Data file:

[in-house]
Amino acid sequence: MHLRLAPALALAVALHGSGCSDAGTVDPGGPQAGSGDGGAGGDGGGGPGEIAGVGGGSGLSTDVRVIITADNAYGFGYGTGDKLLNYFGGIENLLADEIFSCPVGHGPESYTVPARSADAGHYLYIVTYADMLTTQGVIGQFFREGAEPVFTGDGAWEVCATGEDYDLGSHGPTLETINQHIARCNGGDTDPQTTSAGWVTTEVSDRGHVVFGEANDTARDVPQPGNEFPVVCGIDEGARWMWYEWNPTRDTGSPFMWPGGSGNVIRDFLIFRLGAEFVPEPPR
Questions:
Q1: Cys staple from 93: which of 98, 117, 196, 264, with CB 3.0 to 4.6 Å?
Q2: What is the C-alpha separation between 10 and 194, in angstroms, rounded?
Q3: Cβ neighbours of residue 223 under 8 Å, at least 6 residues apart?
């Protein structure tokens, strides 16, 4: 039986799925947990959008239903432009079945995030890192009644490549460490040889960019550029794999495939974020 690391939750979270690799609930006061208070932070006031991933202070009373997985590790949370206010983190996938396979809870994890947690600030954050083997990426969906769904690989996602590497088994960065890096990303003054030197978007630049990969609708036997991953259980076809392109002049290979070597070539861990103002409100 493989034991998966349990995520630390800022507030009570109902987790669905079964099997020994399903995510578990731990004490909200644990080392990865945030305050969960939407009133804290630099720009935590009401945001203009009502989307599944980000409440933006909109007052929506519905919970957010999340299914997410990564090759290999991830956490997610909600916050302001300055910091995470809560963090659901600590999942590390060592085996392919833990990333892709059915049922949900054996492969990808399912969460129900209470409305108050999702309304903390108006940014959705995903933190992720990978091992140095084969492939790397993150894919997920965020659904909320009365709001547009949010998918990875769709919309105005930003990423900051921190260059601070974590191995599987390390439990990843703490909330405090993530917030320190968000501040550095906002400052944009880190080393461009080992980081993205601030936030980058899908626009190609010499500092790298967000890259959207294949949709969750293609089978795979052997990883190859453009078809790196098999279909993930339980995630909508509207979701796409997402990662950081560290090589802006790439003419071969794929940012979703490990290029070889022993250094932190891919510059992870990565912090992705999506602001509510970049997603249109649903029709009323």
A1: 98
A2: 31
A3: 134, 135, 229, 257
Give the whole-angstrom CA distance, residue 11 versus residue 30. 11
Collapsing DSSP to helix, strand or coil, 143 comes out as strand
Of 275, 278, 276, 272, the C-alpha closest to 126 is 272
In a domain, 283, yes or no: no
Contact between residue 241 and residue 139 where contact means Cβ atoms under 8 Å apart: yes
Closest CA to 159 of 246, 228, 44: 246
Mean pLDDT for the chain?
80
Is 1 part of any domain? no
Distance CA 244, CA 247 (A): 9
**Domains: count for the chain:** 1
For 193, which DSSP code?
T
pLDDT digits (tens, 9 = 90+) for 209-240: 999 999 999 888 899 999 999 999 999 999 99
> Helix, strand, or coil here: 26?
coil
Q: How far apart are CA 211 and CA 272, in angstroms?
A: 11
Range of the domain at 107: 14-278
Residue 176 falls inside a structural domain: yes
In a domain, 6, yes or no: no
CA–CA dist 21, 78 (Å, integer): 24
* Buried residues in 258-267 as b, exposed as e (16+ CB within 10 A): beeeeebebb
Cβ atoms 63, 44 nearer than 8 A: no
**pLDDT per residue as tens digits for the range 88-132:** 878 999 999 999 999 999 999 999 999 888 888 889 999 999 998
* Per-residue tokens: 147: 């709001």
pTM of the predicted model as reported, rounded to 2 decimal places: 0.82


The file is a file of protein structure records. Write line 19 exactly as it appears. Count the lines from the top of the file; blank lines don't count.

Is 1 part of any domain? no